... there was a comment that disabling opportunistic locking may degrade the performance of client-server applications. For the sake of argument, this mean that disabling is not required if I'm using a SQL database backend? (The Microsoft documents give this impression.)...
                  That's my understanding. Although I suspect the degradation is minimal, I really have nothing to base that on except suspicions. If both SQL and .dbf files are in use, I'd opt for disabling the opportunistic locking. I'd trade a small hit on SQL performance for a larger hit in .dbf reliability.

                  Comment


                  • #10
                    Re: Disable opportunistic locking with backend db's?

                    Cal,
                    Thanks for the OpLocksOff.aex file I downloaded and will test it out and report back. I share your concern for MS keeps changing registry names from OS to OS making you need to create the "shotgun" approach. Which leads me to the obvious question. How does one know Oppurtunistic Locking is on or off on any given server or pc?
                    Thanks
                    Peter
                    See in Las Vegas

                    Comment


                    • #11
                      Re: Disable opportunistic locking with backend db's?

                      Originally posted by pk9 View Post
                      Cal,
                      How does one know Oppurtunistic Locking is on or off on any given server or pc?
                      Thanks
                      Peter
                      See in Las Vegas
                      I believe by not having any problems (bad way to find out) or looking at the registry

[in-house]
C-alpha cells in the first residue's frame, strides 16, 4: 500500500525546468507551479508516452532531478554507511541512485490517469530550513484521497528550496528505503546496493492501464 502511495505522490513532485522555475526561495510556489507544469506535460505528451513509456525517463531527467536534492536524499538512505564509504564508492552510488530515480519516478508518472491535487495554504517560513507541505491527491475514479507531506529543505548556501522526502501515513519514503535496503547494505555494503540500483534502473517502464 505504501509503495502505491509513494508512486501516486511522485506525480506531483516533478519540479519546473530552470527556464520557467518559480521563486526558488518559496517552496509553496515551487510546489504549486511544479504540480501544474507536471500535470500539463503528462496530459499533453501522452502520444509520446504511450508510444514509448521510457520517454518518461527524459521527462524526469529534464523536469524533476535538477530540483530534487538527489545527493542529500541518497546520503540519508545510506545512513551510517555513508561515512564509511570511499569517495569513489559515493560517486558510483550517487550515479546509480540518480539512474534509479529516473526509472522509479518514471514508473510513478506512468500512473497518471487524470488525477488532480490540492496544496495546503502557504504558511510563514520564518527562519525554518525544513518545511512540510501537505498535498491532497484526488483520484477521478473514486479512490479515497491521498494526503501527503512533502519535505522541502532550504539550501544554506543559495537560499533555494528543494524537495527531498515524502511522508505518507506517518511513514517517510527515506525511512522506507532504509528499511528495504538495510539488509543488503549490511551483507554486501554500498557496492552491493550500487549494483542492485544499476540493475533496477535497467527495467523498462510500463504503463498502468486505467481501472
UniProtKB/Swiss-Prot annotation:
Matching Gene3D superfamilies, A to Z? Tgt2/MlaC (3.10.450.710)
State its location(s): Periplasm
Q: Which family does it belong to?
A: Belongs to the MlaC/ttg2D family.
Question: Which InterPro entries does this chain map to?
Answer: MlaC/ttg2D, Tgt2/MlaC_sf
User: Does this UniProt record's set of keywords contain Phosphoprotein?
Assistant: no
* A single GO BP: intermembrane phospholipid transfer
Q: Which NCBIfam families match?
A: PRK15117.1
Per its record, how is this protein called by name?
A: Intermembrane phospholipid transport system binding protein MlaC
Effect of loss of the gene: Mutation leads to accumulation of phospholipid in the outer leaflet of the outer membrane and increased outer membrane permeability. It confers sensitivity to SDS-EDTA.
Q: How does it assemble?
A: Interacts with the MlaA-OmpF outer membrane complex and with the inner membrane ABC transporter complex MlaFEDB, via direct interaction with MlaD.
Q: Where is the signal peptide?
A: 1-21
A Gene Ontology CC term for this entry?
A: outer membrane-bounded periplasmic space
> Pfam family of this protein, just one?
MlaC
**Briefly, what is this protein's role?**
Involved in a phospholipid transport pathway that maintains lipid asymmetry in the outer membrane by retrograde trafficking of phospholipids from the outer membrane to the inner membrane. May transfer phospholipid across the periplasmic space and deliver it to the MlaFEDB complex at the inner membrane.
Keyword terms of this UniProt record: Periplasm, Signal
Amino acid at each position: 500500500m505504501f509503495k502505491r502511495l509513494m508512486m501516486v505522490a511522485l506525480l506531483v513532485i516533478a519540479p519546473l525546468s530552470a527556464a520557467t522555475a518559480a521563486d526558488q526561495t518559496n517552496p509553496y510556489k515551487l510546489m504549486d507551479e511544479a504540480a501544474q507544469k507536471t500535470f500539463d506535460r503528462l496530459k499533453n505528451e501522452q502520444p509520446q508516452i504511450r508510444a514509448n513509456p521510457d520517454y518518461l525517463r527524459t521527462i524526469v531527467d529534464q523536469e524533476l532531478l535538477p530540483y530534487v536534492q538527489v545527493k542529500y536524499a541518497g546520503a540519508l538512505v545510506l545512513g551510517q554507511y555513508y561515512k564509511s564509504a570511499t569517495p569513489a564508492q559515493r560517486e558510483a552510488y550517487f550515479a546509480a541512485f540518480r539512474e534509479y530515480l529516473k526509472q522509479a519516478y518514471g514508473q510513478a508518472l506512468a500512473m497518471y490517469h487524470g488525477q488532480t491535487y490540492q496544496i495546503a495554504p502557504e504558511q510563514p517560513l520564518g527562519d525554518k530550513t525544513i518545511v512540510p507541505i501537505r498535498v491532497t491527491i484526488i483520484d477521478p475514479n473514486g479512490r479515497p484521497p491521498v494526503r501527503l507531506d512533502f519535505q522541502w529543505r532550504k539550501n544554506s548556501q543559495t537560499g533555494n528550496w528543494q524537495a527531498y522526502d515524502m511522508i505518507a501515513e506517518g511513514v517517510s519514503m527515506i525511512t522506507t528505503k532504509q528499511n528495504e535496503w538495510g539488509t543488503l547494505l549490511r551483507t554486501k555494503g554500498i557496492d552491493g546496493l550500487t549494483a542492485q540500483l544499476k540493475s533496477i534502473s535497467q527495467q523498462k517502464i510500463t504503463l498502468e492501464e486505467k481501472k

Comment


                      • #12
                        Re: Disable opportunistic locking with backend db's?

                        Turbojack,
                        Looking at the registry does not definitely state it is on or off. A review of MS KB shows varied names. I assume one could place a registry entry that is not interpeted as anything and just bypassed by the OS. That is why there should be a way to test.
                        Peter

                        Comment


                        • #13
                          Re: Disable opportunistic locking with backend db's?

                          The problem with opportunistic locking does not affect MySQL or any other SQL client-server database. It only affects databases in which all the workstations have equal access to tables, e.g., Access, Foxpro, Alpha Five, Data Access.Goldmine, ACT, etc. In MySQL or other client-server databases all the database requests go through a single central server database engine, so the whole question of opportunistic locking becomes moot.

                          - Peter

                          Comment


                          • #14
                            Thanks!!!

                            Peter, thank you for an answer that was concise, definite, and supremely enlightening. Your patients are fortunate to have a doctor who communicates like that.

                            Thanks to all who posted. I've gotten what I came for, plus a free addin from Cal.

                            What a nice forum this is!
                            Jim

                            Comment


                            • #15
                              Re: Disable opportunistic locking with backend db's?

                              Originally posted by pk9 View Post
                              How does one know Oppurtunistic Locking is on or off on any given server or pc?
                              I executed Cal's OpLocksOff() function in the interactive window. A dialog box popped up informing me that the system is not optimized for dbf indexes (i.e., that opportunistic locking is enabled). So I made the selection to optimize (disable opportunistic locking).

                              When I tried OpLocksOff() again immediately afterward, the dialog box no longer popped up. I guess that means that opportunistic locking has been turned off.

                              Now, is there a way I can take a look at that dialog box again?

                              Cal, are you there?
                              Jim

                              Comment